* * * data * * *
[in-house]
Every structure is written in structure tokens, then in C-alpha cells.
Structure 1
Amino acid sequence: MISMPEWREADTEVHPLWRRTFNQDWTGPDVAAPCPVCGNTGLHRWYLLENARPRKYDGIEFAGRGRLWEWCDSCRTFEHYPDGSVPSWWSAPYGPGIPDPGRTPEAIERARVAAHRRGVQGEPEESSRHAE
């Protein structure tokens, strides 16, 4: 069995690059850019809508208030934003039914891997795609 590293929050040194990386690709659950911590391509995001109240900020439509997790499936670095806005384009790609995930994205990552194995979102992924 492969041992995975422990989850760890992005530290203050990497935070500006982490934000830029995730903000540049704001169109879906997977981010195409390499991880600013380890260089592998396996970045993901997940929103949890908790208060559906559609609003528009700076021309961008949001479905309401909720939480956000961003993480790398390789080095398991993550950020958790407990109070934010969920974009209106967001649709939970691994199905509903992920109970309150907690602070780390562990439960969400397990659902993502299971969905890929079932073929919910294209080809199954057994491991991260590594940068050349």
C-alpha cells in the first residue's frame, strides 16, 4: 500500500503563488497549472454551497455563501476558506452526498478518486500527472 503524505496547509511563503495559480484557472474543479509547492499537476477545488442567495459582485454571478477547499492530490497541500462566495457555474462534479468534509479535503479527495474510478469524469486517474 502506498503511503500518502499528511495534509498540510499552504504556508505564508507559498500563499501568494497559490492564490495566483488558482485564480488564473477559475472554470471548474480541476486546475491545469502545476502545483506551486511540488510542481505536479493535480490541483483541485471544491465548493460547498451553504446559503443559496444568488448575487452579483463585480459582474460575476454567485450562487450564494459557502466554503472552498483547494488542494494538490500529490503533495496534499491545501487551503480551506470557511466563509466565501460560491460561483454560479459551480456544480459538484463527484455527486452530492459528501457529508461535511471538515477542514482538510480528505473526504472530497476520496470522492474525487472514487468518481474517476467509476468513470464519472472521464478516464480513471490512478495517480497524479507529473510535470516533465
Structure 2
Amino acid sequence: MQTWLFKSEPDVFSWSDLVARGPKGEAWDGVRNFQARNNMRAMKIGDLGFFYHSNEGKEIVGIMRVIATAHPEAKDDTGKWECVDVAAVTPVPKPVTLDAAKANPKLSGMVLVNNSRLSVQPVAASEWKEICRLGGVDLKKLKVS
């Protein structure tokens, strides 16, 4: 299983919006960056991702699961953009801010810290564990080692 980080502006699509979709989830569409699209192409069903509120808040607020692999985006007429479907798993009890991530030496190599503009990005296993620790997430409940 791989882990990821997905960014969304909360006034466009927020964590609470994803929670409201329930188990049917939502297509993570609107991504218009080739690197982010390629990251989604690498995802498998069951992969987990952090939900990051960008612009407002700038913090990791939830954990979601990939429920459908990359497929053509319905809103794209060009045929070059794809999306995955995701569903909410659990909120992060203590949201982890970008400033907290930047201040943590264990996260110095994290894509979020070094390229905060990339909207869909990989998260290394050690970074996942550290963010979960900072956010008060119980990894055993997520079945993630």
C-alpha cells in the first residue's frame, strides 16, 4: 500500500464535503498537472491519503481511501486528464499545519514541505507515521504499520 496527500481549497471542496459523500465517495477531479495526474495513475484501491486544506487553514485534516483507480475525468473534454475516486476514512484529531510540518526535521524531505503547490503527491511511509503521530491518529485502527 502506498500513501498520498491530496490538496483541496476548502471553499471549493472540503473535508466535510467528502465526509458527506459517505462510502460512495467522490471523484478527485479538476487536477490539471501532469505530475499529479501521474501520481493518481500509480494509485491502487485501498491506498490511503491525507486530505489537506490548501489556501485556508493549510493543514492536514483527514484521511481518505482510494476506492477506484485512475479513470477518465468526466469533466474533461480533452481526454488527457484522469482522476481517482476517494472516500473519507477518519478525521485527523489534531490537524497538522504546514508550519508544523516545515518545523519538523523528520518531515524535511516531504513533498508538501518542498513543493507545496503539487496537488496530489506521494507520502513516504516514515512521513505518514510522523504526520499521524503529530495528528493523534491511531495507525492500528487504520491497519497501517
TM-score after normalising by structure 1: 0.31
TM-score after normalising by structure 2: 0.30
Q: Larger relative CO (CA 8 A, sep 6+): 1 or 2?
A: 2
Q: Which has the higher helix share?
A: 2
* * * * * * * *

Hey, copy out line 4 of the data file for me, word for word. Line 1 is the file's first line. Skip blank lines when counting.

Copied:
Amino acid sequence: MISMPEWREADTEVHPLWRRTFNQDWTGPDVAAPCPVCGNTGLHRWYLLENARPRKYDGIEFAGRGRLWEWCDSCRTFEHYPDGSVPSWWSAPYGPGIPDPGRTPEAIERARVAAHRRGVQGEPEESSRHAE